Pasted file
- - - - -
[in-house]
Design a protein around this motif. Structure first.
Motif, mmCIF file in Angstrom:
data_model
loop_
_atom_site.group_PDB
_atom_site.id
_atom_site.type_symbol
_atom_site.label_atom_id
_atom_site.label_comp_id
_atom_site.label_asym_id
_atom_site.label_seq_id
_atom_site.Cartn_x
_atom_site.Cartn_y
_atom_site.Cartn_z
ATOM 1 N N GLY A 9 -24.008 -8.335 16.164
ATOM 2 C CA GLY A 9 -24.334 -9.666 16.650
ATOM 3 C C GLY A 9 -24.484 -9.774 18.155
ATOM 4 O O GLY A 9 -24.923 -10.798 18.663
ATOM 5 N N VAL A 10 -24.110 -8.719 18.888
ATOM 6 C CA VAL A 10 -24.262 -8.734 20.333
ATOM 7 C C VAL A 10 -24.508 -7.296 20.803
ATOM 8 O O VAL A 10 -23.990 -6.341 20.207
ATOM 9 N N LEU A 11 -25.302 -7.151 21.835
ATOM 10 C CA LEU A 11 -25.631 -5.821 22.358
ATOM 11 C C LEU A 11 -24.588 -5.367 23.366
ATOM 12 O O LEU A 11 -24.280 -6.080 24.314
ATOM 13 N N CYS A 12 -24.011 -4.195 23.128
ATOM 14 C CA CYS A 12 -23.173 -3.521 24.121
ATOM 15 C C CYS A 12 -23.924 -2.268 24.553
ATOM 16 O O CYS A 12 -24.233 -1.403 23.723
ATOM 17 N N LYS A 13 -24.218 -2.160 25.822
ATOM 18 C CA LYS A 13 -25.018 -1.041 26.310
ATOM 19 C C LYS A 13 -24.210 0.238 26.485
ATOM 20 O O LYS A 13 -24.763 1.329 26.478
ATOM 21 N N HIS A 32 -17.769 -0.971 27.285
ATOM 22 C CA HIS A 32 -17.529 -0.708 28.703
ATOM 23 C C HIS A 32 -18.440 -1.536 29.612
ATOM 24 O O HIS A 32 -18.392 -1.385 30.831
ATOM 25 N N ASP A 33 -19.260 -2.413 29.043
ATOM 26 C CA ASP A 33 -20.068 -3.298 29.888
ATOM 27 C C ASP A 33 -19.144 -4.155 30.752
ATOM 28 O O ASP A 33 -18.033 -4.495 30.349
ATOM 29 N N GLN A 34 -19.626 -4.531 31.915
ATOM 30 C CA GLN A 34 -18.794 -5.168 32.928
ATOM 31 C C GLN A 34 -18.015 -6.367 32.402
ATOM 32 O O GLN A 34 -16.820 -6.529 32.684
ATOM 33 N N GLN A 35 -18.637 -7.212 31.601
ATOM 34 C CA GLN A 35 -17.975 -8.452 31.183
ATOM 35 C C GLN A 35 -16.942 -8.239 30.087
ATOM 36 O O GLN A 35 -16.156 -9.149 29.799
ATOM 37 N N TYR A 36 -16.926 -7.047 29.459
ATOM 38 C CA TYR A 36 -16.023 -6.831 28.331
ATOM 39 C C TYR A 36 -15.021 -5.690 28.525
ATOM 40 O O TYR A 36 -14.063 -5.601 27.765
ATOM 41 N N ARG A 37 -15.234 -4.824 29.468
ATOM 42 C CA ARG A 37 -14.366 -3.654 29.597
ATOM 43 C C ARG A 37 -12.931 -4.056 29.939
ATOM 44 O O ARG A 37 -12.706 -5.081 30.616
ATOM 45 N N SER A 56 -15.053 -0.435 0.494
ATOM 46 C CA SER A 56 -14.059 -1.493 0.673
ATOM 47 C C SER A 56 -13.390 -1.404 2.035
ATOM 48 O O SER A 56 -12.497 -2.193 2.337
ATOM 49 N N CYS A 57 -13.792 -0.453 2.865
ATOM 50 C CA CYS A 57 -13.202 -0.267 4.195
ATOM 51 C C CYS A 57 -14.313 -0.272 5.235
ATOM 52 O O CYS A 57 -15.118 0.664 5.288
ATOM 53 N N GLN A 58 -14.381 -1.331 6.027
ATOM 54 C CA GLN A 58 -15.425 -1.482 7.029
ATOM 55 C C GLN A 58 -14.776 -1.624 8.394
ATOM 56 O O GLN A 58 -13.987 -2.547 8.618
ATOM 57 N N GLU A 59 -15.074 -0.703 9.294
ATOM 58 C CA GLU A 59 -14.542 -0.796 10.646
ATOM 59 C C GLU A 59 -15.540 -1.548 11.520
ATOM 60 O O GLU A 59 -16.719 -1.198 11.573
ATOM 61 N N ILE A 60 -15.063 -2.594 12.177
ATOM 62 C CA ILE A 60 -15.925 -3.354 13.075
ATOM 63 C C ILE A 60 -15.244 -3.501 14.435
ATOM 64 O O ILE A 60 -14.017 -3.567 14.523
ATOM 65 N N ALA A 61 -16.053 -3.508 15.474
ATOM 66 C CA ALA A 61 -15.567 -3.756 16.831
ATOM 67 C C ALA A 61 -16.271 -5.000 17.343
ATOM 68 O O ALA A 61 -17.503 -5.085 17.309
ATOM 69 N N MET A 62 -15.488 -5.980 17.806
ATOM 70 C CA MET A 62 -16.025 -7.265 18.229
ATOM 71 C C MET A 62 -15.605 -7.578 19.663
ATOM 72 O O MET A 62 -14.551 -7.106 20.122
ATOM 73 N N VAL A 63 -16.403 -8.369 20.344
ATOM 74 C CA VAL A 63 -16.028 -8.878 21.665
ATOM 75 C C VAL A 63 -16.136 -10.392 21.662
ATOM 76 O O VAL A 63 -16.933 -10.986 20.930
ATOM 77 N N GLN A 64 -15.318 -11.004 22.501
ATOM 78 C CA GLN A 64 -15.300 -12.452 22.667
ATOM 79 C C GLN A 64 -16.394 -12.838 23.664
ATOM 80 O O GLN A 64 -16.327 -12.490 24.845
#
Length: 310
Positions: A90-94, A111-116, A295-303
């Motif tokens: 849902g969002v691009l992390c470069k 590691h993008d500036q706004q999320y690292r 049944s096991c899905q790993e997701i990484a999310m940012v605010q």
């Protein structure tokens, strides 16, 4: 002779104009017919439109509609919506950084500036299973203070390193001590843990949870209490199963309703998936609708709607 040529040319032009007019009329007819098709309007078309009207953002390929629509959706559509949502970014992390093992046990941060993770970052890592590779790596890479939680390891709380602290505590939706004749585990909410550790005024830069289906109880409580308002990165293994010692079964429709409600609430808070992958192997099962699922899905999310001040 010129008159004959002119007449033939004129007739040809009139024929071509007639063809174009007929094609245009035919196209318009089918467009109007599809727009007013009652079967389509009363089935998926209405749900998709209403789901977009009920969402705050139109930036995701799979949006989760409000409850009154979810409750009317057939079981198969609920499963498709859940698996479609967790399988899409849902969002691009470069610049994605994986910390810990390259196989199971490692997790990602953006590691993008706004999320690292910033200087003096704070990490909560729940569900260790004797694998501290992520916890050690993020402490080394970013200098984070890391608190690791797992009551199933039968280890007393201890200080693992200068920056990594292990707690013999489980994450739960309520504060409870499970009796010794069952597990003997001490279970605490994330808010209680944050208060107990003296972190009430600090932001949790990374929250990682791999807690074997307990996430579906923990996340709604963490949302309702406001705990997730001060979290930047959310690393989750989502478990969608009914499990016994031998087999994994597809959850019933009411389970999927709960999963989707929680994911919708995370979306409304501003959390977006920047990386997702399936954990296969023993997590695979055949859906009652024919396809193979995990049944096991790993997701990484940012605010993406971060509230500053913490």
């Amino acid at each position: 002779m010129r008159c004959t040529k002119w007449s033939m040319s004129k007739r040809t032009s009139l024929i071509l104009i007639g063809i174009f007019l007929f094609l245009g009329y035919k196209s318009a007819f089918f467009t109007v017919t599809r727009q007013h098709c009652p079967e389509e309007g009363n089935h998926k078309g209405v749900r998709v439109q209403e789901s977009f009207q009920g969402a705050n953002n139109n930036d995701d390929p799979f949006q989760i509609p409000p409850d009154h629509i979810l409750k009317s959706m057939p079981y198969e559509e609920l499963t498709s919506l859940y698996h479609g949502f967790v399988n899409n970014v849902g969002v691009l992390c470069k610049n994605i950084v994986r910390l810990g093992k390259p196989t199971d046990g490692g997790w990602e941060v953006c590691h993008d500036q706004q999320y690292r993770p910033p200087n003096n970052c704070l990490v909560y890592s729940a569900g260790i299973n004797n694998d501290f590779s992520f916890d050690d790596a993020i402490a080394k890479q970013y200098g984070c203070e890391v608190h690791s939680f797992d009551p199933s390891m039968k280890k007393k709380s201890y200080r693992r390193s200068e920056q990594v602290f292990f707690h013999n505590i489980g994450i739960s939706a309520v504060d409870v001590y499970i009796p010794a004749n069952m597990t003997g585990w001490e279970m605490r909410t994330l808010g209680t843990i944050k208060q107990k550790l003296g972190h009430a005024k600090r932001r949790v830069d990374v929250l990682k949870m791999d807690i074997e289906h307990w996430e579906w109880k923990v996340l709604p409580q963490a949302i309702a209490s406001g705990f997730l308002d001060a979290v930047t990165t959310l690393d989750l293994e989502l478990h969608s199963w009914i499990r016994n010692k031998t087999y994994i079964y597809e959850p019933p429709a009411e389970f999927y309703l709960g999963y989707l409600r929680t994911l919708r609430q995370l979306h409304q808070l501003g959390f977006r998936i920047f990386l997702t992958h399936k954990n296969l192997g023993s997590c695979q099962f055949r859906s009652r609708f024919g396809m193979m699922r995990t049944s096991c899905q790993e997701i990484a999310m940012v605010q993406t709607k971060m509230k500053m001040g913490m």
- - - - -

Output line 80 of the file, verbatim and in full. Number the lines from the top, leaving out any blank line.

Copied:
ATOM 65 N N ALA A 61 -16.053 -3.508 15.474